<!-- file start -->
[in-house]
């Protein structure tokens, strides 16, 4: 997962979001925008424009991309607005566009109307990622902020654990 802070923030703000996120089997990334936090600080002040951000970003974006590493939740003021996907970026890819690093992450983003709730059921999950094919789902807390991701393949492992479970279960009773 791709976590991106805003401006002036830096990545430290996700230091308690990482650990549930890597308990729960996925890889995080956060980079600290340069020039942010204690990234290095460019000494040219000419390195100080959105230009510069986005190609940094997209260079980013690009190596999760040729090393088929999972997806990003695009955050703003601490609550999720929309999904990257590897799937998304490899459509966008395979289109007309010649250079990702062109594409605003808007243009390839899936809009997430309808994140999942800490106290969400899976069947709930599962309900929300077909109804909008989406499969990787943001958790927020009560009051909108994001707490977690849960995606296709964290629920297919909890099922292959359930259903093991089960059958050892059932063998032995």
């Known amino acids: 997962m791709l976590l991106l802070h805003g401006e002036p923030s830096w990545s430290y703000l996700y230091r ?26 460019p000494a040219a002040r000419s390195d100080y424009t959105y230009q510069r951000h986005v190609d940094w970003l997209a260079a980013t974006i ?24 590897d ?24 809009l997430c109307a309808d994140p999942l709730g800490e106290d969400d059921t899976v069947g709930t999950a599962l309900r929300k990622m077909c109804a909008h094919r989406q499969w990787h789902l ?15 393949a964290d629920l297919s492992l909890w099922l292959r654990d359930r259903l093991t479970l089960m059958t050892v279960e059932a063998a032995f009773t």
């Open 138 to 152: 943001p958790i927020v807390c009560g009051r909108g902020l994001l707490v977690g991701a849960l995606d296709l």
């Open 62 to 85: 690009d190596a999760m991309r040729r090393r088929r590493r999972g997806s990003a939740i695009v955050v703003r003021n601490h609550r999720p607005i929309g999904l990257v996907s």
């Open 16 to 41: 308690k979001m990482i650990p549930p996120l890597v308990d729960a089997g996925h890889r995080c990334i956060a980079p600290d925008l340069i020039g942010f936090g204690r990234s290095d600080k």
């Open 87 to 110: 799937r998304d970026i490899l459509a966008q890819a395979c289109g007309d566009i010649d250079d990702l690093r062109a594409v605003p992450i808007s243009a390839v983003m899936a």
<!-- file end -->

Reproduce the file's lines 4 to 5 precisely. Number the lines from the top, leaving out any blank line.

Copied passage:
């Open 138 to 152: 943001p958790i927020v807390c009560g009051r909108g902020l994001l707490v977690g991701a849960l995606d296709l």
């Open 62 to 85: 690009d190596a999760m991309r040729r090393r088929r590493r999972g997806s990003a939740i695009v955050v703003r003021n601490h609550r999720p607005i929309g999904l990257v996907s």